Remembrance pic 1 Remembrance pic 2 Remembrance pic 3Article by Mrs Klee

To me remembrance is about choosing to reflect upon the memory of a significant person, event or moment in time. I was struck by the concept of remembrance when on the last weekend in February 2016 I stood, freezing, (though not NY freezing!) at significant World War One sites across France and Belgium.

The first of July 2016 marks the centenary of the Battle of the Somme and as a History Teacher; I have marked thousands of Y9 essays on why the battle was a disaster for the British Army. Those of you in Y9 or above may recall facts about the campaign, such as the immense death toll (20,000 British soldiers on the first day), the perceived brutality of those in charge (Butcher of the Somme anyone?) and the futility of the events. However what I have been stuck by when on the battlefields and in discussions with my Y9 classes upon my return to school, is how many people actually don’t remember in detail what happened 100 years ago.

I am not suggesting you remember the Somme because you once wrote an essay on it, to glorify the idea of war or to reassure me that you are actually listening in class! We should remember because as the poem, For the Fallen cites ‘the living owe it to those who no longer can speak to tell their story for them’.

Harry Patch, the last British survivor of the World War One trenches, died in 2009 aged 111.

There is now no one left alive who served in the military in the First World War (the last British soldier Harry Patch died in 2009) and in the coming years, there will be no World War Two veterans remaining. This poses the question; does it get harder to remember as the years pass? Is remembrance more or less important 100 years on?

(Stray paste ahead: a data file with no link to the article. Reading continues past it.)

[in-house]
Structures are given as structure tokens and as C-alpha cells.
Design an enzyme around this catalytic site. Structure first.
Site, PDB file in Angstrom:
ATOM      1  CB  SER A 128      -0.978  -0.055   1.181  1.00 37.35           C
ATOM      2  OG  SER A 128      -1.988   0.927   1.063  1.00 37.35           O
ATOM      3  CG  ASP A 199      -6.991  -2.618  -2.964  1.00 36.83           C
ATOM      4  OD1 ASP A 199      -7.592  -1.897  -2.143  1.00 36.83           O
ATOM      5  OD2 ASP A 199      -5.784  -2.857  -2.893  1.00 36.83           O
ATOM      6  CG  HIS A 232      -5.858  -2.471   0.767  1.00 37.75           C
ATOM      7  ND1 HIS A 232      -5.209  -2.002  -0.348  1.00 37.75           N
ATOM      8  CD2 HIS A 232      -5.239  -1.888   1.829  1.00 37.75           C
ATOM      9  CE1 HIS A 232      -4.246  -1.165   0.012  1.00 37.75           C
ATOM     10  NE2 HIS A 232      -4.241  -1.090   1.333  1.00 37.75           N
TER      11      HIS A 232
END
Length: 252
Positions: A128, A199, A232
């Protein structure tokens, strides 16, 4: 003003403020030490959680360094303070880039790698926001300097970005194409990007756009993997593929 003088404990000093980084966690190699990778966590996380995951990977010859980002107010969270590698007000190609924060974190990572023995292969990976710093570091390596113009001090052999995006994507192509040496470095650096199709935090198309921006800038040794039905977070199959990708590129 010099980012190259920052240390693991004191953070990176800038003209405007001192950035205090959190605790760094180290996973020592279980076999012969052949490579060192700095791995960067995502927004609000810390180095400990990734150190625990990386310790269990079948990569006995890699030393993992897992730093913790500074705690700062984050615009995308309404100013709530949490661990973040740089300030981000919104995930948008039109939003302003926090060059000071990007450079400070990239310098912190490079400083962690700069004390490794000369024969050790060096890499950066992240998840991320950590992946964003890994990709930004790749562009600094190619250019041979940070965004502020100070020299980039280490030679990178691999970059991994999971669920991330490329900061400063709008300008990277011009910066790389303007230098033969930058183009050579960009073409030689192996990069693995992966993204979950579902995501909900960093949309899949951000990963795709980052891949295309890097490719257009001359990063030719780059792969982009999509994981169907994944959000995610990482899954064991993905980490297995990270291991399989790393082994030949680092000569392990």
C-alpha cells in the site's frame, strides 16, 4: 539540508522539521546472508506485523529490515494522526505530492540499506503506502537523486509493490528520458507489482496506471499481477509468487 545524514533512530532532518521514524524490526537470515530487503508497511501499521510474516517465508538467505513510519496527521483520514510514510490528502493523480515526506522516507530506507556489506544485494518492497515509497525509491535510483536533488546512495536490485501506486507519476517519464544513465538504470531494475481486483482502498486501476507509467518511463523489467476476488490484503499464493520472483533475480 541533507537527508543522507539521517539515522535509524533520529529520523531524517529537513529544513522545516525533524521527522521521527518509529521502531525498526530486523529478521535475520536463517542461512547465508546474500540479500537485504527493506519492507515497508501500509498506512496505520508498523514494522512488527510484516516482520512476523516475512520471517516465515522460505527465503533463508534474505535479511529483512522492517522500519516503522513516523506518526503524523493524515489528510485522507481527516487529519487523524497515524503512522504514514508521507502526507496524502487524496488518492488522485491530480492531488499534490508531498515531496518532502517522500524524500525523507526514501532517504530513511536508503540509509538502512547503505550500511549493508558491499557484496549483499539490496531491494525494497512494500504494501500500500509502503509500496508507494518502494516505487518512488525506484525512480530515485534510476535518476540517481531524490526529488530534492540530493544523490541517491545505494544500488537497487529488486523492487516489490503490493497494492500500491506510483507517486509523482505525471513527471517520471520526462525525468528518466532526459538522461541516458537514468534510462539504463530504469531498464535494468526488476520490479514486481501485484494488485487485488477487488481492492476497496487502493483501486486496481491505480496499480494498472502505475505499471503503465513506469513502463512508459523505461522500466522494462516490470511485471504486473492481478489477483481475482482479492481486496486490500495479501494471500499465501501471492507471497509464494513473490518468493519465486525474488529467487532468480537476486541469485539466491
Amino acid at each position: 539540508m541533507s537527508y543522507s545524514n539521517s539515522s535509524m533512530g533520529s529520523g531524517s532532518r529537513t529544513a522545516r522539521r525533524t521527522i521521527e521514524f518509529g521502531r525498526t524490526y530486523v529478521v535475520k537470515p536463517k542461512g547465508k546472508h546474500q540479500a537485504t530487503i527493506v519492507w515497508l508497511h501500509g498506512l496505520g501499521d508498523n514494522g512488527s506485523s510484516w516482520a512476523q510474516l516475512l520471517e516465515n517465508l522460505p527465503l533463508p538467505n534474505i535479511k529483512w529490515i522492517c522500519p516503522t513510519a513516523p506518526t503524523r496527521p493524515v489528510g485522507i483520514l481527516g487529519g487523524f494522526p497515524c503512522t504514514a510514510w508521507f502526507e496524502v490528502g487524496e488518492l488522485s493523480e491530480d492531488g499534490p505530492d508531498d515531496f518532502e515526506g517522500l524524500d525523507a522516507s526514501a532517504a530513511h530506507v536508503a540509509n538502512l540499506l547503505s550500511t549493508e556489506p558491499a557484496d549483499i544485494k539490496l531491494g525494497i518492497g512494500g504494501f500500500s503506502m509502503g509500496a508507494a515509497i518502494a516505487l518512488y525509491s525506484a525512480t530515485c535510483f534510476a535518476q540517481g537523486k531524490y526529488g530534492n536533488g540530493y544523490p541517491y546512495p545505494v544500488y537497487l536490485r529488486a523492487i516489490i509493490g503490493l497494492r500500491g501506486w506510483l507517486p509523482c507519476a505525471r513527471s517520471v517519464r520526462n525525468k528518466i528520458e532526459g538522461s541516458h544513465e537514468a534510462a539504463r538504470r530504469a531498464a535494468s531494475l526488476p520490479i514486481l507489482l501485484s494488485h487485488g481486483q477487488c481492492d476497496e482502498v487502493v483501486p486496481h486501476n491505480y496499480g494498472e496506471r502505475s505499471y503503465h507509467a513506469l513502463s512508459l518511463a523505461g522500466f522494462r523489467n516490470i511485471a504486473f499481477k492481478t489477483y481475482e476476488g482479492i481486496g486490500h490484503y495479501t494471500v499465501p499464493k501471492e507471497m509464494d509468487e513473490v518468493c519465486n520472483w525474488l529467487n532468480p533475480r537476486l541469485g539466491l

As July approaches there will be lots in the news about the Battle of the Somme and amongst other things, in school, we will be working together to create a chain of 20,000 poppies to commemorate those British soldiers who died a century ago in the first twenty minutes of the first day of the battle.(British soldiers were soldiers from the British Empire at the time: India, Australia and New Zealand, etc.) However although this anniversary forces us to remember the Somme, I believe as a school we should focus on the notion of remembrance itself in the hope that history, may one day, stop repeating itself.

Ks3 are decorating 20,000 paper poppies to hang up in and around the school and the village. The paragraph above states that ‘we will be working together to create a chain of 20,000 poppies to commemorate those who died a century ago on the first day of battle.’ This is the largest single loss of life in British military history. As the paragraph above mentions, the 1st July 2016 is the centenary of the first day of battle. The local primary school is helping us achieve this incredible feat. There will be assemblies in school in July to teach students about that fateful day and the act of remembering.